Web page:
In May 2021 the King Eider Inn was our base of operations for a three-day stay 330 miles (531 km) north of the Arctic Circle in Utqiaġvik, AK. The town of 5,000 residents that was formerly known as Barrow is the northern most settlement in the United States and one of the most northern points of continuous human habitation in the world.
Other posts from our Alaska trip in May 2021.
There isn’t much choice of accommodations in this remote outpost. The King Eider Inn is one of only three hotels and a couple of Bed & Breakfast and Airbnb options.
For this short top-of-the-world stay, we just wanted a basic room at a reasonable price in a good location. The King Eider Inn met all of those conditions, depending on your definition of reasonable price.
The inn is located cross the street form the airport within easy walking distance of the Alaska Airlines Terminal.
Getting to the inn is an easy one-minute walk. When making the booking, I was concerned about transportation from the airport. I shouldn’t have been because taxis wait outside the terminal when the daily commercial flight arrives. Still, not needing a ride to the airport for departure was one less detail to deal with. Taxi rides cost $5 regardless of distance.
King Eider Inn was built in 1998. It has 19 rooms including some suites. The published check-in time is 15:00 and checkout is at 11:00. We were able to check in when we arrived just after noon, but the room wasn’t ready. The clerk said it would be an hour. We used the time to explore some of the neighborhood on foot.
Eider Inn has a very homey lobby. Enjoy a waterfowl-themed game of chess. Take a load off in the comfy sofas and rocking chair. Watch TV and warm yourself in the glow of the stone fireplace.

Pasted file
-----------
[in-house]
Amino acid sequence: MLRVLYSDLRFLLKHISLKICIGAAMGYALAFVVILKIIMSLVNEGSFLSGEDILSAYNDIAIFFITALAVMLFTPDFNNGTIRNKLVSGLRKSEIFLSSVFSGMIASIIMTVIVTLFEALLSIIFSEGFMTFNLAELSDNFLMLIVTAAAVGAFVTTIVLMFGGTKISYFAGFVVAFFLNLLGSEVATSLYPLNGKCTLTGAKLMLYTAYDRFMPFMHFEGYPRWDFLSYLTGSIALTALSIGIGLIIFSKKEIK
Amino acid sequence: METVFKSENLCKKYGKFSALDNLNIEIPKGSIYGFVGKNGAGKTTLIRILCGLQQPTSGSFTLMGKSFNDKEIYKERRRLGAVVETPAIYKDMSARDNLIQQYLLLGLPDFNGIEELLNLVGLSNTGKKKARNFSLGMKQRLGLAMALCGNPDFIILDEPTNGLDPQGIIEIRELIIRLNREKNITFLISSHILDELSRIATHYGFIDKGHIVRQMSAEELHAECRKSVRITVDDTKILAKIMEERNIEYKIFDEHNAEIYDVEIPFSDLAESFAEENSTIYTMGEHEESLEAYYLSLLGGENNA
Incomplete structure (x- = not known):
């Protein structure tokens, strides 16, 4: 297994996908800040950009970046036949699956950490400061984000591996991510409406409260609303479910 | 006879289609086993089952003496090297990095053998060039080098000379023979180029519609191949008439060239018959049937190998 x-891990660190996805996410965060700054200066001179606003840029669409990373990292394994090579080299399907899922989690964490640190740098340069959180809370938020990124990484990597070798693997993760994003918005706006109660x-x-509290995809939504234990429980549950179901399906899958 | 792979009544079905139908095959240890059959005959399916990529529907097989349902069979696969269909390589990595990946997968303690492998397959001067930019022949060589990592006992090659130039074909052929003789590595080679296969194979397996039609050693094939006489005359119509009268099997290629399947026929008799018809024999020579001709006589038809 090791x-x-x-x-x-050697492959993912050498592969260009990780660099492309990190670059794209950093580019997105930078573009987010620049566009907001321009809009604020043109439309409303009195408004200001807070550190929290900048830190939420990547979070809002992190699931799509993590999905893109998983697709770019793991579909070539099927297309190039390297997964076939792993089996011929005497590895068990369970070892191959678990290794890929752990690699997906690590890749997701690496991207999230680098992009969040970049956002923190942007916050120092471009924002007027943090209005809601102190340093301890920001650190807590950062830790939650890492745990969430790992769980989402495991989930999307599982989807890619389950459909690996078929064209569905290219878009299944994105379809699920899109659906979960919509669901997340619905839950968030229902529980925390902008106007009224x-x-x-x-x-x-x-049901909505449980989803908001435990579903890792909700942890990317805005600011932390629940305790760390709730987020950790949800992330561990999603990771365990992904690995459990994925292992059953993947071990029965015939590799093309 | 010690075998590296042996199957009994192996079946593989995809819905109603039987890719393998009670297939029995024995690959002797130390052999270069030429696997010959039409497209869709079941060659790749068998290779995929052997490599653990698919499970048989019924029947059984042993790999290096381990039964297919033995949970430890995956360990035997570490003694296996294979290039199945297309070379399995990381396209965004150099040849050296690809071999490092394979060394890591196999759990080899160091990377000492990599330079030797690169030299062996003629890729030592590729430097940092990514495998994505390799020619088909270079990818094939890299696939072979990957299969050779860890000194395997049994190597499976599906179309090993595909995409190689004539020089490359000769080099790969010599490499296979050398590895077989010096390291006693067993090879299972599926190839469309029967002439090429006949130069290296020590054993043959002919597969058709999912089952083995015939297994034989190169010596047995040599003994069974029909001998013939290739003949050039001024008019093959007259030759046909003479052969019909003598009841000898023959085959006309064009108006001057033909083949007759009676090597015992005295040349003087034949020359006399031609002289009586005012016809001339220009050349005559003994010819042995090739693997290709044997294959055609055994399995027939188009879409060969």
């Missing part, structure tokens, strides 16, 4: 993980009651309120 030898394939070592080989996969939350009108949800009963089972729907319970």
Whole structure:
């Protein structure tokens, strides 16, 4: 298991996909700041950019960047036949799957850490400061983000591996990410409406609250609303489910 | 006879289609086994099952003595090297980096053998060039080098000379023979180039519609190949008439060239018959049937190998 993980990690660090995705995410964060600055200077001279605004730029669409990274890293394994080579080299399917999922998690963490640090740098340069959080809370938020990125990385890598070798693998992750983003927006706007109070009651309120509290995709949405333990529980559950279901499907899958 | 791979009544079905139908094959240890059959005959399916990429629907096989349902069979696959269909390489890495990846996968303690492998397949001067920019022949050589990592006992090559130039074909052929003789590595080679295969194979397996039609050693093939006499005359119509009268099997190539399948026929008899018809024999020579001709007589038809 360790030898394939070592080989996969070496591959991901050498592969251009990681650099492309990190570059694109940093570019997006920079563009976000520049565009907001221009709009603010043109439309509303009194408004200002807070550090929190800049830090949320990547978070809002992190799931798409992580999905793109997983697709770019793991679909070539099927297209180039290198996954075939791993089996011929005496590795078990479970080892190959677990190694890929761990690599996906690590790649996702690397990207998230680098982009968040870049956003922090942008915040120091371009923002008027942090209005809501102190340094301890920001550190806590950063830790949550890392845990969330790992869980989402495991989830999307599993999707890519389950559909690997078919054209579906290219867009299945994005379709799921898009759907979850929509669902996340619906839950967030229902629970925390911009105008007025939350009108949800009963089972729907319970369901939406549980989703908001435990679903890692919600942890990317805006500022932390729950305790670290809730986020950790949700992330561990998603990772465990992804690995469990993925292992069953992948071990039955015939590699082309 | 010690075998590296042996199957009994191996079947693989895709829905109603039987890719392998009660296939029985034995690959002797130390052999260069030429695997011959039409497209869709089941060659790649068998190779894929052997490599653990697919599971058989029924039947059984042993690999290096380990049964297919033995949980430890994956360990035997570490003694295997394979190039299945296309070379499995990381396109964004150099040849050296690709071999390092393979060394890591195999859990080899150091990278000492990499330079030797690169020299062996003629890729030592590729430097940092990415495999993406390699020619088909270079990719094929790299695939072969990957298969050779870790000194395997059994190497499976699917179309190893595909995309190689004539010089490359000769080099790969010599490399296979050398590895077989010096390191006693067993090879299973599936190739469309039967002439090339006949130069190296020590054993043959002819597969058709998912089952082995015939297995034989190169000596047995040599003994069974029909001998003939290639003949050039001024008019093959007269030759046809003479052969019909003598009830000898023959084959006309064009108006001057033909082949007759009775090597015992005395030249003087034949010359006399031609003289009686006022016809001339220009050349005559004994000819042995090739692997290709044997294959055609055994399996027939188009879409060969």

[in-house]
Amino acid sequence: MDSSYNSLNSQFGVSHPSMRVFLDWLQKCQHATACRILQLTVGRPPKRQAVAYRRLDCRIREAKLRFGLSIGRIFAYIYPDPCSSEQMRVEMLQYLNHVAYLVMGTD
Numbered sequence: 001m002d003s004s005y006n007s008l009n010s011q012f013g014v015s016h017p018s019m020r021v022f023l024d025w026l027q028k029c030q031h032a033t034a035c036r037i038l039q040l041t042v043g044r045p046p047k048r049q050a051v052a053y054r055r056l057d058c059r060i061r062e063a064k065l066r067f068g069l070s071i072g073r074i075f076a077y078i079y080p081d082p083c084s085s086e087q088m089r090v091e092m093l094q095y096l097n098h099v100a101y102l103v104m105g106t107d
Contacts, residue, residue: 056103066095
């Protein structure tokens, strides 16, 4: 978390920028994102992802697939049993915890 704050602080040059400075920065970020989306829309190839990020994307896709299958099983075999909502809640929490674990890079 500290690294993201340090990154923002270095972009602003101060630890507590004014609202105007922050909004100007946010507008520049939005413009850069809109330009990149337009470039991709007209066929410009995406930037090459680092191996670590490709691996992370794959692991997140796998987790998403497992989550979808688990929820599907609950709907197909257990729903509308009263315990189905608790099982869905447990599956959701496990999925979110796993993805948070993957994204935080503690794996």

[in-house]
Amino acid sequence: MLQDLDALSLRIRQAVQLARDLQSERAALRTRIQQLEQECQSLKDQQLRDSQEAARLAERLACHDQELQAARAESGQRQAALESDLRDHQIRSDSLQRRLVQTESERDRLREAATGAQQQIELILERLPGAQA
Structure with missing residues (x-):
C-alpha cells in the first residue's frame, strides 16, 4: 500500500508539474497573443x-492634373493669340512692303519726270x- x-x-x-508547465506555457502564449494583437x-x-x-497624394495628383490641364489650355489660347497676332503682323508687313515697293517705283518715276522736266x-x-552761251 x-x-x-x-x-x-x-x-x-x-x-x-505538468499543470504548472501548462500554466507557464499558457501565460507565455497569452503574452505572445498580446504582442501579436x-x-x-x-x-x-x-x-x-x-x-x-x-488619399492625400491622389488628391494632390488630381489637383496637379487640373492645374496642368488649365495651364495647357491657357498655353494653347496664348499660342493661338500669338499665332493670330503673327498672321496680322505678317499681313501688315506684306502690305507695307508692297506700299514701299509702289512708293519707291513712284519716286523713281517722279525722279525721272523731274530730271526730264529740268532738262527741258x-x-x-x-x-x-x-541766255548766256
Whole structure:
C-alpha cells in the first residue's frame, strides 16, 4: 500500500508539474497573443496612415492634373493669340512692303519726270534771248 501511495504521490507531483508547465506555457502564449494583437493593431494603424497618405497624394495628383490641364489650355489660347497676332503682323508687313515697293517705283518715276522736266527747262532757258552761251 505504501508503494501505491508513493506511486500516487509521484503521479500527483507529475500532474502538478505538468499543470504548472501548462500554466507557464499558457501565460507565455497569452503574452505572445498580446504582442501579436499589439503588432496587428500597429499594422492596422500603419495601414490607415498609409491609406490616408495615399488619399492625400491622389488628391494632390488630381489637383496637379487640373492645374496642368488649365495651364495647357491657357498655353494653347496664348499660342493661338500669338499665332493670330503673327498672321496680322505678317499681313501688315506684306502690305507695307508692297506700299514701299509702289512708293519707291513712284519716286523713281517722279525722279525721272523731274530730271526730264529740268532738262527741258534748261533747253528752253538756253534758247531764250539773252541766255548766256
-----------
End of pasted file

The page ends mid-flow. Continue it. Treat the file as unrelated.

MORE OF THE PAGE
Shoes aren’t allowed in the hotel. Slippers are available upon request.
King Eider Inn does not offer breakfast. Guests have access to coffee, tea and a microwave in the lobby.
The walking around town was fine in spite of the temperature in the 20s F. We found that most locals avoid walking. They drive, ride snow mobiles, or take taxis.
I assume the locals aren’t lazy or afraid of the cold. Polar bears come to town occasionally although in May they spend their time hunting on the sea ice. Nevertheless, we kept our eyes open.
The room was ready when we got back to the inn. We were assigned to a double room just off the lobby. It was a great location. It was easy to get to, and we noticed no noise from the lobby.
Our double room was the cheapest room type in the house. It was basic but came with nice features like a refrigerator and microwave as well as wifi.
The bath was no-frills like the rest of the room.
The room came with a hairdryer, and a heater that kept the room warm at all times. All rooms have access to the sauna onsite.
This is the cheapest room type in the house. This room occupied 300 sq ft. (28 sqm.) and cost just under $200/night. Other rooms are larger and have some have kitchenettes. Having a room with a kitchenette or at least a microwave and refrigerator was very useful as all restaurants were takeout or delivery only.
Reasonable is a relative term. Just about anywhere else I’d consider the price we paid for this room to be outrageous. But in Utqiaġvik, $200/night was “reasonable” in the sense that it was the lowest rate available.
So what is a king eider you wonder? I asked the same question, and the inn had a chart identifying some of the local waterfowl. King Eiders are sea ducks. Males sport colorful heads with black and white bodies. Females display a rusty brown and black plumage.
King eiders nest in the arctic tundra of the far north and winter largely at the edge of sea ice. Their return to breeding areas in spring is spectacular. In May, flocks containing several hundred thousand king eiders pass through Utqiaġvik on their way to Alaskan and Canadian breeding grounds. Our stay missed the migration unfortunately.
We were very happy with our stay at Utqiaġvik’s King Eider Inn. The location was superb. The staff was friendly and accommodating. The basic room met our requirements. Wifi that cut out a couple of times was our only issue, but the outages were resolved quickly.
I recommend the King Eider Inn to anyone planning a visit to this isolated hamlet on the North America’s northern frontier.